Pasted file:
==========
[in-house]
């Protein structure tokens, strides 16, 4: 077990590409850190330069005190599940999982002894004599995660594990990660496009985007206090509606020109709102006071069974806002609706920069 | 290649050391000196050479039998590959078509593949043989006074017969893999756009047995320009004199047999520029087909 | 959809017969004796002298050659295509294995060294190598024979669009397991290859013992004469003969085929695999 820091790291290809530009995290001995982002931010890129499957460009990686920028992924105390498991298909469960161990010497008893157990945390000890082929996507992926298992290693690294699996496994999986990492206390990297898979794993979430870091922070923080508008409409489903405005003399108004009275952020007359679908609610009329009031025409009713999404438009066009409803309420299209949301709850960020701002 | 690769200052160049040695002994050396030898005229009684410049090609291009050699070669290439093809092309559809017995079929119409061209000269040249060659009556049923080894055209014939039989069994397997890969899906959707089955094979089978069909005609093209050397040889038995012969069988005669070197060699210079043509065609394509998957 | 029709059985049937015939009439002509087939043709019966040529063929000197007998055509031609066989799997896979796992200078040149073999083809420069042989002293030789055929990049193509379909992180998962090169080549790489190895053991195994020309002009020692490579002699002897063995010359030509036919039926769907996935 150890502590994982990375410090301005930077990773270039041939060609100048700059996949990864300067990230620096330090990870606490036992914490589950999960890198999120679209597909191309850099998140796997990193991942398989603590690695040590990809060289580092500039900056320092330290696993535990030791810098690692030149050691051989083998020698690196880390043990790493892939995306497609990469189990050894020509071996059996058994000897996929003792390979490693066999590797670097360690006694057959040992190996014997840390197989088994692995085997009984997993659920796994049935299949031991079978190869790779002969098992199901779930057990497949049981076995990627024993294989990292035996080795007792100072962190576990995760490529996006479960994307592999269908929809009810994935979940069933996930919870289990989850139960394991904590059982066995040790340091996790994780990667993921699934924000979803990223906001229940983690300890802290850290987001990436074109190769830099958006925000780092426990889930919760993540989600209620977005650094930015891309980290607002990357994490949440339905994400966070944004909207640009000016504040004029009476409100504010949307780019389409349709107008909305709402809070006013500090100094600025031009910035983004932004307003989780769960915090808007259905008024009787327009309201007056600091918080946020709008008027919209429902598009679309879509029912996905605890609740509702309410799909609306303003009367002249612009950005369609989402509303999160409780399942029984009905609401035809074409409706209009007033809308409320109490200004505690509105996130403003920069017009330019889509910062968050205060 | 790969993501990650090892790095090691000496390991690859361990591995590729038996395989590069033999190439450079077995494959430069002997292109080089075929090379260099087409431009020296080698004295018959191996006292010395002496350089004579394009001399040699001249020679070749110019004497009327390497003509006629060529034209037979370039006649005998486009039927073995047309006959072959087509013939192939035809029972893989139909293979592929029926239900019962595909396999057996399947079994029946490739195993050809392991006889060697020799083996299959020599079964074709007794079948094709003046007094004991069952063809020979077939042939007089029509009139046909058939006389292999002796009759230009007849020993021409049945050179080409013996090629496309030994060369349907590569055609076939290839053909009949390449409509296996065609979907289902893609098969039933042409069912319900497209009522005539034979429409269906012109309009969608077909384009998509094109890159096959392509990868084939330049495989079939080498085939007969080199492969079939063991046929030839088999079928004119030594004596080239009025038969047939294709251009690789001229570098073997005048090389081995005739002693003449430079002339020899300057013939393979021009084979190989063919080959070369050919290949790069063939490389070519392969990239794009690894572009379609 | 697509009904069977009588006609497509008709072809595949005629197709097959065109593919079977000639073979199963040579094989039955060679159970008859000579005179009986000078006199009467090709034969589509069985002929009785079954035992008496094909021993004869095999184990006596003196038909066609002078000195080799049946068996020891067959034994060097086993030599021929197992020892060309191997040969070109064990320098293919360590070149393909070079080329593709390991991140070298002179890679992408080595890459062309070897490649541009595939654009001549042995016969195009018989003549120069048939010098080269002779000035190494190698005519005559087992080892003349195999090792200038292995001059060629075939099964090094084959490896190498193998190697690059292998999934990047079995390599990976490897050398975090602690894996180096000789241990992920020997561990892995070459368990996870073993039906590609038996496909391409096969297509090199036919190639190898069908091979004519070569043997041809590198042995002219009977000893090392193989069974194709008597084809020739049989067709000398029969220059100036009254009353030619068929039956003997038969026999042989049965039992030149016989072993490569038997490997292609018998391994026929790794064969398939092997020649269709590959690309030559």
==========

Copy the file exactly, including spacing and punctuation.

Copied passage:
[in-house]
């Protein structure tokens, strides 16, 4: 077990590409850190330069005190599940999982002894004599995660594990990660496009985007206090509606020109709102006071069974806002609706920069 | 290649050391000196050479039998590959078509593949043989006074017969893999756009047995320009004199047999520029087909 | 959809017969004796002298050659295509294995060294190598024979669009397991290859013992004469003969085929695999 820091790291290809530009995290001995982002931010890129499957460009990686920028992924105390498991298909469960161990010497008893157990945390000890082929996507992926298992290693690294699996496994999986990492206390990297898979794993979430870091922070923080508008409409489903405005003399108004009275952020007359679908609610009329009031025409009713999404438009066009409803309420299209949301709850960020701002 | 690769200052160049040695002994050396030898005229009684410049090609291009050699070669290439093809092309559809017995079929119409061209000269040249060659009556049923080894055209014939039989069994397997890969899906959707089955094979089978069909005609093209050397040889038995012969069988005669070197060699210079043509065609394509998957 | 029709059985049937015939009439002509087939043709019966040529063929000197007998055509031609066989799997896979796992200078040149073999083809420069042989002293030789055929990049193509379909992180998962090169080549790489190895053991195994020309002009020692490579002699002897063995010359030509036919039926769907996935 150890502590994982990375410090301005930077990773270039041939060609100048700059996949990864300067990230620096330090990870606490036992914490589950999960890198999120679209597909191309850099998140796997990193991942398989603590690695040590990809060289580092500039900056320092330290696993535990030791810098690692030149050691051989083998020698690196880390043990790493892939995306497609990469189990050894020509071996059996058994000897996929003792390979490693066999590797670097360690006694057959040992190996014997840390197989088994692995085997009984997993659920796994049935299949031991079978190869790779002969098992199901779930057990497949049981076995990627024993294989990292035996080795007792100072962190576990995760490529996006479960994307592999269908929809009810994935979940069933996930919870289990989850139960394991904590059982066995040790340091996790994780990667993921699934924000979803990223906001229940983690300890802290850290987001990436074109190769830099958006925000780092426990889930919760993540989600209620977005650094930015891309980290607002990357994490949440339905994400966070944004909207640009000016504040004029009476409100504010949307780019389409349709107008909305709402809070006013500090100094600025031009910035983004932004307003989780769960915090808007259905008024009787327009309201007056600091918080946020709008008027919209429902598009679309879509029912996905605890609740509702309410799909609306303003009367002249612009950005369609989402509303999160409780399942029984009905609401035809074409409706209009007033809308409320109490200004505690509105996130403003920069017009330019889509910062968050205060 | 790969993501990650090892790095090691000496390991690859361990591995590729038996395989590069033999190439450079077995494959430069002997292109080089075929090379260099087409431009020296080698004295018959191996006292010395002496350089004579394009001399040699001249020679070749110019004497009327390497003509006629060529034209037979370039006649005998486009039927073995047309006959072959087509013939192939035809029972893989139909293979592929029926239900019962595909396999057996399947079994029946490739195993050809392991006889060697020799083996299959020599079964074709007794079948094709003046007094004991069952063809020979077939042939007089029509009139046909058939006389292999002796009759230009007849020993021409049945050179080409013996090629496309030994060369349907590569055609076939290839053909009949390449409509296996065609979907289902893609098969039933042409069912319900497209009522005539034979429409269906012109309009969608077909384009998509094109890159096959392509990868084939330049495989079939080498085939007969080199492969079939063991046929030839088999079928004119030594004596080239009025038969047939294709251009690789001229570098073997005048090389081995005739002693003449430079002339020899300057013939393979021009084979190989063919080959070369050919290949790069063939490389070519392969990239794009690894572009379609 | 697509009904069977009588006609497509008709072809595949005629197709097959065109593919079977000639073979199963040579094989039955060679159970008859000579005179009986000078006199009467090709034969589509069985002929009785079954035992008496094909021993004869095999184990006596003196038909066609002078000195080799049946068996020891067959034994060097086993030599021929197992020892060309191997040969070109064990320098293919360590070149393909070079080329593709390991991140070298002179890679992408080595890459062309070897490649541009595939654009001549042995016969195009018989003549120069048939010098080269002779000035190494190698005519005559087992080892003349195999090792200038292995001059060629075939099964090094084959490896190498193998190697690059292998999934990047079995390599990976490897050398975090602690894996180096000789241990992920020997561990892995070459368990996870073993039906590609038996496909391409096969297509090199036919190639190898069908091979004519070569043997041809590198042995002219009977000893090392193989069974194709008597084809020739049989067709000398029969220059100036009254009353030619068929039956003997038969026999042989049965039992030149016989072993490569038997490997292609018998391994026929790794064969398939092997020649269709590959690309030559």